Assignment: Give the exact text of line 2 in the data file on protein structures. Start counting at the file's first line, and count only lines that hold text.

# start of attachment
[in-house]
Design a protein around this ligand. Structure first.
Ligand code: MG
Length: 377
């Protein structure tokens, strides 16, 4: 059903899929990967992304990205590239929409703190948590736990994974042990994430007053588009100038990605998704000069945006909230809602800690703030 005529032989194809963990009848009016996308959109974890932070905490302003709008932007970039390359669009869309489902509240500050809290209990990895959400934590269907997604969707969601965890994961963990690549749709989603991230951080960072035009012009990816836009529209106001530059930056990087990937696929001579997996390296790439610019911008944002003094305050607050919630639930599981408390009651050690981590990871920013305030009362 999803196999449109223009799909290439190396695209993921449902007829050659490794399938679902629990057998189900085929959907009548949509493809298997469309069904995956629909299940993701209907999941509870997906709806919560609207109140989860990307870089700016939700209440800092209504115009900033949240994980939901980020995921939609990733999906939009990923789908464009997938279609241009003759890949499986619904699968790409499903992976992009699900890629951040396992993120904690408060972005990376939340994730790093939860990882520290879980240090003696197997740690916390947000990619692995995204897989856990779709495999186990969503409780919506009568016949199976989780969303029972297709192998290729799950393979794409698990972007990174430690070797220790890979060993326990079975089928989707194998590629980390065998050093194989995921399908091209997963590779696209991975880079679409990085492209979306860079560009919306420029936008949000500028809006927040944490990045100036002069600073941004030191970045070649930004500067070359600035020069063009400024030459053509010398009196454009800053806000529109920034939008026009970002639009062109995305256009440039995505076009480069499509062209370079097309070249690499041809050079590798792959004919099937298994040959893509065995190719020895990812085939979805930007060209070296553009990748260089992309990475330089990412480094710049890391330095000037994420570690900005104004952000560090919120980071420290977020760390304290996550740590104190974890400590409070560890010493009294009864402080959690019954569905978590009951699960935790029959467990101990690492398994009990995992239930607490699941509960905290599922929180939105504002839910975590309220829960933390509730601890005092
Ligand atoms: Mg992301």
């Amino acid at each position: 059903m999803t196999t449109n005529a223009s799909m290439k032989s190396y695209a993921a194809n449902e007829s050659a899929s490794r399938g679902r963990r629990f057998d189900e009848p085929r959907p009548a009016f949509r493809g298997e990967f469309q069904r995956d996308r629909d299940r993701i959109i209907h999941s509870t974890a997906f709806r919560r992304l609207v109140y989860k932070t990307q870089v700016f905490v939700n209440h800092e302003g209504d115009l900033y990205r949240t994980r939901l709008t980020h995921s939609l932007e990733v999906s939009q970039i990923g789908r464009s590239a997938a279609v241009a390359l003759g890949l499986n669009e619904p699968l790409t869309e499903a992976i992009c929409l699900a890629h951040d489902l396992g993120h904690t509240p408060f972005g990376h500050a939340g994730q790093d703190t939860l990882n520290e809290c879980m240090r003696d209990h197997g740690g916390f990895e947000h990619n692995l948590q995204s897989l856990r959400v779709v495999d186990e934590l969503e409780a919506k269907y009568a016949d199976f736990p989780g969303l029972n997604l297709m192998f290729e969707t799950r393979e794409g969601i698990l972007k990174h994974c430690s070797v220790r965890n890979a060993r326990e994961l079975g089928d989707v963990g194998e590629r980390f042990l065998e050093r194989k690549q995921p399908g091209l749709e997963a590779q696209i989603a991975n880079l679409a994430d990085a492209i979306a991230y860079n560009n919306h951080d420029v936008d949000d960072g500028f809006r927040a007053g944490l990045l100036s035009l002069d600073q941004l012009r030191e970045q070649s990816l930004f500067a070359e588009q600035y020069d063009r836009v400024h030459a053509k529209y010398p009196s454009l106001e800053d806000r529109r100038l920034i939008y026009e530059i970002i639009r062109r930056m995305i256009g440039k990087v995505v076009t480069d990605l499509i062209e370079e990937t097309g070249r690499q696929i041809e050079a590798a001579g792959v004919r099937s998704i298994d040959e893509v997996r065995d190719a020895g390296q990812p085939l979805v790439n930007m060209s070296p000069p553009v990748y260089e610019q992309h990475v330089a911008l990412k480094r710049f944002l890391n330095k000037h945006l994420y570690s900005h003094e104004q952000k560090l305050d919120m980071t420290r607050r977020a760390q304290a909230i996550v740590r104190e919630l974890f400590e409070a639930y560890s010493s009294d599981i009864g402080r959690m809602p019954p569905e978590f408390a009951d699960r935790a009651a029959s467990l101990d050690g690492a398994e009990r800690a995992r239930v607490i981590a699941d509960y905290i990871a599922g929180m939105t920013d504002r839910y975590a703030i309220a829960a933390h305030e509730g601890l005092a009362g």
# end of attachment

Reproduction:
Design a protein around this ligand. Structure first.